Thursday, July 12, 2012

Bravestarr Christmas (1987)


Christmas TV History would like to welcome guest blogger Dominic.  He's my editor at 1701 Press.  For last year's 1990s Christmas in July, he wrote about the Christmas episode of The Adventures of Pete & Pete and the movie The Nightmare Before Christmas.  Remember those?  Thanks to Dominic for contributing.  Merry Sci-fi Christmas in July!


BraveStarr: "Tex’s Terrible Night" 
by Dominic Caruso


I grew up in the 1980s and caught many of the decade’s cartoons. So, I remember watching Transformers, G.I. Joe, Thundarr the Barbarian, and He-Man and the Masters of the Universe, plus other stuff with comparatively fewer explosions like Heathcliff, and the Smurfs. BraveStarr somehow got by me, possibly because it was broadcast during a brief window in 1987 and 1988—or so says Wikipedia. By then, I was in 10th grade, and had moved on (mostly) from cartoons to reading Faulkner. No, really. I really did read Faulkner in high school. Unfortunately, that was the coolest thing on my high school resume. But had I seen BraveStarr, I’m sure I would have liked it, because it’s richer than the other sci fi cartoons of the time.

BraveStarr is a sci fi western. The amazingly insane opening sequence features a Bonanza-like map that burns into a pattern of electronic circuits. Instead of twirling six-shooters, characters twirl uzi-shaped lasers. Characters wear cowboy hats, boots, gloves, and chaps, and ride flying robots.  The action takes place on a planet called New Texas, where the inhabitants are engaged in mining a valuable mineral called Kerium. BraveStarr, the planet’s lawman, looks like a chiseled Native American outer space Texas Ranger. The Big Bad Guy is a weird magical robot/spirit named Stampede who appears as a giant, drooling disembodied longhorn steer head floating in a murky black cloud. Stampede’s main henchman is Tex Hex, who looks (and sounds) like a cowboy version of the Cryptkeeper. Tex Hex is the star of the Christmas episode of BraveStarr, entitled “Tex’s Terrible Night.”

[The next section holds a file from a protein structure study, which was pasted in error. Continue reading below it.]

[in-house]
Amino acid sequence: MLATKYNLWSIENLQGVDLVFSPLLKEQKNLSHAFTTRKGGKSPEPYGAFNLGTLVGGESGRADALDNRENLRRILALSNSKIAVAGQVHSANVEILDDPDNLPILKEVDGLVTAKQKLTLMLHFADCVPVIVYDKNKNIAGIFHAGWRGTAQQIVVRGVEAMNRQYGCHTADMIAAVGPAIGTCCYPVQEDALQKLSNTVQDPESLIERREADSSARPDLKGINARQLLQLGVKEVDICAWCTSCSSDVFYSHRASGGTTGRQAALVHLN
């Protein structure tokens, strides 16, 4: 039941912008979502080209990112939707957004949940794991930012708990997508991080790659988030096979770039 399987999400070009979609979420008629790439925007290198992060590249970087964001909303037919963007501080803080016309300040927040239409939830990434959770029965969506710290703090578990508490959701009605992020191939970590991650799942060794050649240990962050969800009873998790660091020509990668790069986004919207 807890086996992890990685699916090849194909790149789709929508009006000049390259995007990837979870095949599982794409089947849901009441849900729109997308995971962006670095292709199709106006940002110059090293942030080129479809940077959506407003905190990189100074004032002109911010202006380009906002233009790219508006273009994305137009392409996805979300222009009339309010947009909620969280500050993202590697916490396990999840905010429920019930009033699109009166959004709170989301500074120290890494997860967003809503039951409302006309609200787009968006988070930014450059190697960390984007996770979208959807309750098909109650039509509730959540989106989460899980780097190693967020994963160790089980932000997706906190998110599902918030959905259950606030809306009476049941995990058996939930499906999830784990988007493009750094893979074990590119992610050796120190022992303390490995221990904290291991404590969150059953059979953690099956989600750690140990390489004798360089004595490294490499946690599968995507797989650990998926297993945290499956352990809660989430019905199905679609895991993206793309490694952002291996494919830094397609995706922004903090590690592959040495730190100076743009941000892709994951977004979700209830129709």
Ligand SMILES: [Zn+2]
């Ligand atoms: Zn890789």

Bravestarr, lawman, lover-man?